An article in the Conversation makes a great case on how urban living could be bliss and gives some examples of metropolitan cities worldwide that shift our perceptions of living in dense urban areas.
When we think about urban density, the picture that usually comes to mind is congested roads, expensive housing, noise and air pollution, shoebox apartment living, vertical slums, etc. – not a lovely picture at all.
While this condition is true in many crowded cities worldwide, there are some exceptions.
Melbourne, Australia, is a fast-growing city, but it does not have to mean congested roads, high housing or rental prices. The city could do better like Paris or Barcelona – dense cities that Aussies admire and visit regularly.
Paris houses 213 people per hectare, Barcelona 156. Contrast it with Melbourne, which averages 38 people per hectare, and Sydney at around 50 people per hectare.
Though densely populated, Paris and Barcelona are great cities because their higher density of living makes their streets bustling through well-designed mid-rise apartments close to shops, services, and efficient public transport.
Without adequate public transport, roads will soon be jam-packed with cars, high-rise apartments will come with multiple parking floors, and streetscapes will be rife with vehicle crossover ramps.
According to the article, parking spaces are valuable spaces that could otherwise be used for green spaces to counteract the urban heat island (UHI) effect. They are essential for all the residents’ health and well-being.
An example of a liveable dense city is a Netherlands neighbourhood that houses 100 dwellings per hectare. It has minimal street parking, a speed limit of 15km per hour, and lots of trees and plants.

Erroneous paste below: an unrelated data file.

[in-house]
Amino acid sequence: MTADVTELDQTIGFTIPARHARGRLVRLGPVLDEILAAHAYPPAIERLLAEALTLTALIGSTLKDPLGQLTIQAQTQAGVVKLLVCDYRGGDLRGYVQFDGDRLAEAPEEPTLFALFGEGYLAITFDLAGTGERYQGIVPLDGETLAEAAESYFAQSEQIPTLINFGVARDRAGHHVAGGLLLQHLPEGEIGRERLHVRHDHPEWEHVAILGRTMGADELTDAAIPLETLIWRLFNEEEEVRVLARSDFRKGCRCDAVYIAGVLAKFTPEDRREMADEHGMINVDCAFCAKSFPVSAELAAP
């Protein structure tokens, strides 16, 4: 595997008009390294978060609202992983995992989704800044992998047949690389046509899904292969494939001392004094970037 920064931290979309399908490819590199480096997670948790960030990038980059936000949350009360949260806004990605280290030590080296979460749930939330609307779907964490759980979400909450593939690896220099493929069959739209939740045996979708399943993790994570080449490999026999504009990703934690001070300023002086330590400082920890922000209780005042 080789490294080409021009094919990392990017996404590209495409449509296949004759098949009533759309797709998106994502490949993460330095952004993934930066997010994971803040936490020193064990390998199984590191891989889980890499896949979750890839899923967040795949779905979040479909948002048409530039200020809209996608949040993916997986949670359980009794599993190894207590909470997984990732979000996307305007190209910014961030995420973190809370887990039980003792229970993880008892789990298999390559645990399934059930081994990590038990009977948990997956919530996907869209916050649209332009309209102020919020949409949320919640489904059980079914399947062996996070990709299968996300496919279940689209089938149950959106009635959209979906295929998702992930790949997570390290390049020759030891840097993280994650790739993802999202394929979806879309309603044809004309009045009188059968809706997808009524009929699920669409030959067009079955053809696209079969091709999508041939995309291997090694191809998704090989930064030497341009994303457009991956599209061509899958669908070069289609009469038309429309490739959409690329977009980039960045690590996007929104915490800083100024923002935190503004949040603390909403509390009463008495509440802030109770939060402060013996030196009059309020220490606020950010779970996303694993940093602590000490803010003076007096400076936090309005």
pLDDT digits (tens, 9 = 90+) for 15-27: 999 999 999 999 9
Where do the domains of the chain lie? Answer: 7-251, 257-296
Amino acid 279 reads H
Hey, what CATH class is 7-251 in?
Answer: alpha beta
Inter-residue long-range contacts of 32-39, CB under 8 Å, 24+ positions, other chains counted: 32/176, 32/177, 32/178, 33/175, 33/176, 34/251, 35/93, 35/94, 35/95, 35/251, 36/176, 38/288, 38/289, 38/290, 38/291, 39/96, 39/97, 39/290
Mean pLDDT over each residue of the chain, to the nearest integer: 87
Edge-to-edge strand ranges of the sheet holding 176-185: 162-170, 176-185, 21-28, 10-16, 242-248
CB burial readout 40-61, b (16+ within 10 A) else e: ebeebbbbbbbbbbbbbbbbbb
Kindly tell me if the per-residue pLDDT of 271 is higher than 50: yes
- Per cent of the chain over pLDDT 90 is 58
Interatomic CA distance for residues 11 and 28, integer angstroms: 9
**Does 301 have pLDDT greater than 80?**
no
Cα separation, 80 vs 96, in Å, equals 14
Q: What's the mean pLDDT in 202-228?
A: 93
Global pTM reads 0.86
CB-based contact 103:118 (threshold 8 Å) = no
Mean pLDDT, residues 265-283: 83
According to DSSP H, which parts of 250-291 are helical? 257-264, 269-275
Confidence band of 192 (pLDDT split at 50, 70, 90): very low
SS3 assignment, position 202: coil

One will barely miss rows of apartments because of the prominence of trees and vegetation in the area.
The point of this type of city design is that it puts people and place first.
The article says this urban design is possible in any city with a “courageous policy change”.
This type of urban design that allows for green spaces, fewer cars, utilizing public transport, and retrofit urban spaces to cope with natural hazards is also a great climate adaptation and mitigation strategy and one that could increase a city’s resilience against climate change effects like rising temperatures, severe rainfall, and flooding.
Read the entire article by clicking the link below:
Croeser, T. & Gunn, L. (2020, February 19). No need to give up on crowded cities – we can make density so much better. The Conversation. Retrieved from https://theconversation.com/no-need-to-give-up-on-crowded-cities-we-can-make-density-so-much-better-131304